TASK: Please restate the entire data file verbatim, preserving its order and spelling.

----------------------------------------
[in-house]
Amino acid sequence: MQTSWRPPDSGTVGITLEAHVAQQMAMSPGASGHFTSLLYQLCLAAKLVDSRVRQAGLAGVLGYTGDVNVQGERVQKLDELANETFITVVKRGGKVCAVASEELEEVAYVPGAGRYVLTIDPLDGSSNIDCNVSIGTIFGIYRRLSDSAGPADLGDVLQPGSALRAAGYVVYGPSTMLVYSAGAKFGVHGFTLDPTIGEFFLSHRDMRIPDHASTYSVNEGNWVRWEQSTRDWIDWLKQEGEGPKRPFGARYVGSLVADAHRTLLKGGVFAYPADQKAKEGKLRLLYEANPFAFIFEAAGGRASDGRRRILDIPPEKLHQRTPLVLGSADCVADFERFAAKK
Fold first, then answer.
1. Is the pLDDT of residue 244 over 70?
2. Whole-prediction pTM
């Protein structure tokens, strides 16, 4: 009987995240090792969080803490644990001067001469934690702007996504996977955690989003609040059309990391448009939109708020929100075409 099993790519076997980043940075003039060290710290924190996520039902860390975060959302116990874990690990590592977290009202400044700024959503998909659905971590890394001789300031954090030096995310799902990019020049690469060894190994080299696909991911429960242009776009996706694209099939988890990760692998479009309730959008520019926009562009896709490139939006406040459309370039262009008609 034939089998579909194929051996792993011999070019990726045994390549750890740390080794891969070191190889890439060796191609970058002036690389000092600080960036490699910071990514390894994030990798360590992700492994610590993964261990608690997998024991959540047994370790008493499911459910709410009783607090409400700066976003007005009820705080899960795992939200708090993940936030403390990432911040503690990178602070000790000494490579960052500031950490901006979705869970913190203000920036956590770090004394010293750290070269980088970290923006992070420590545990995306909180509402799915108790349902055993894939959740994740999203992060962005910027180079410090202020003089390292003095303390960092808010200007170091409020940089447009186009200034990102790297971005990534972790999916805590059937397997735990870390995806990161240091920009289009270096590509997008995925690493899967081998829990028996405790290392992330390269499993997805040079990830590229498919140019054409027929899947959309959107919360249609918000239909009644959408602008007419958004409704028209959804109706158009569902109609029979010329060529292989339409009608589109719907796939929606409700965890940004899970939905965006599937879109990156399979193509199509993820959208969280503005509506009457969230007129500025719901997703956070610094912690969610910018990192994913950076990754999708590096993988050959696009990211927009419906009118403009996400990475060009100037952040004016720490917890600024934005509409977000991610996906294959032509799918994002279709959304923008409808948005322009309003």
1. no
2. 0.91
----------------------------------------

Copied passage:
[in-house]
Amino acid sequence: MQTSWRPPDSGTVGITLEAHVAQQMAMSPGASGHFTSLLYQLCLAAKLVDSRVRQAGLAGVLGYTGDVNVQGERVQKLDELANETFITVVKRGGKVCAVASEELEEVAYVPGAGRYVLTIDPLDGSSNIDCNVSIGTIFGIYRRLSDSAGPADLGDVLQPGSALRAAGYVVYGPSTMLVYSAGAKFGVHGFTLDPTIGEFFLSHRDMRIPDHASTYSVNEGNWVRWEQSTRDWIDWLKQEGEGPKRPFGARYVGSLVADAHRTLLKGGVFAYPADQKAKEGKLRLLYEANPFAFIFEAAGGRASDGRRRILDIPPEKLHQRTPLVLGSADCVADFERFAAKK
Fold first, then answer.
1. Is the pLDDT of residue 244 over 70?
2. Whole-prediction pTM
């Protein structure tokens, strides 16, 4: 009987995240090792969080803490644990001067001469934690702007996504996977955690989003609040059309990391448009939109708020929100075409 099993790519076997980043940075003039060290710290924190996520039902860390975060959302116990874990690990590592977290009202400044700024959503998909659905971590890394001789300031954090030096995310799902990019020049690469060894190994080299696909991911429960242009776009996706694209099939988890990760692998479009309730959008520019926009562009896709490139939006406040459309370039262009008609 034939089998579909194929051996792993011999070019990726045994390549750890740390080794891969070191190889890439060796191609970058002036690389000092600080960036490699910071990514390894994030990798360590992700492994610590993964261990608690997998024991959540047994370790008493499911459910709410009783607090409400700066976003007005009820705080899960795992939200708090993940936030403390990432911040503690990178602070000790000494490579960052500031950490901006979705869970913190203000920036956590770090004394010293750290070269980088970290923006992070420590545990995306909180509402799915108790349902055993894939959740994740999203992060962005910027180079410090202020003089390292003095303390960092808010200007170091409020940089447009186009200034990102790297971005990534972790999916805590059937397997735990870390995806990161240091920009289009270096590509997008995925690493899967081998829990028996405790290392992330390269499993997805040079990830590229498919140019054409027929899947959309959107919360249609918000239909009644959408602008007419958004409704028209959804109706158009569902109609029979010329060529292989339409009608589109719907796939929606409700965890940004899970939905965006599937879109990156399979193509199509993820959208969280503005509506009457969230007129500025719901997703956070610094912690969610910018990192994913950076990754999708590096993988050959696009990211927009419906009118403009996400990475060009100037952040004016720490917890600024934005509409977000991610996906294959032509799918994002279709959304923008409808948005322009309003």
1. no
2. 0.91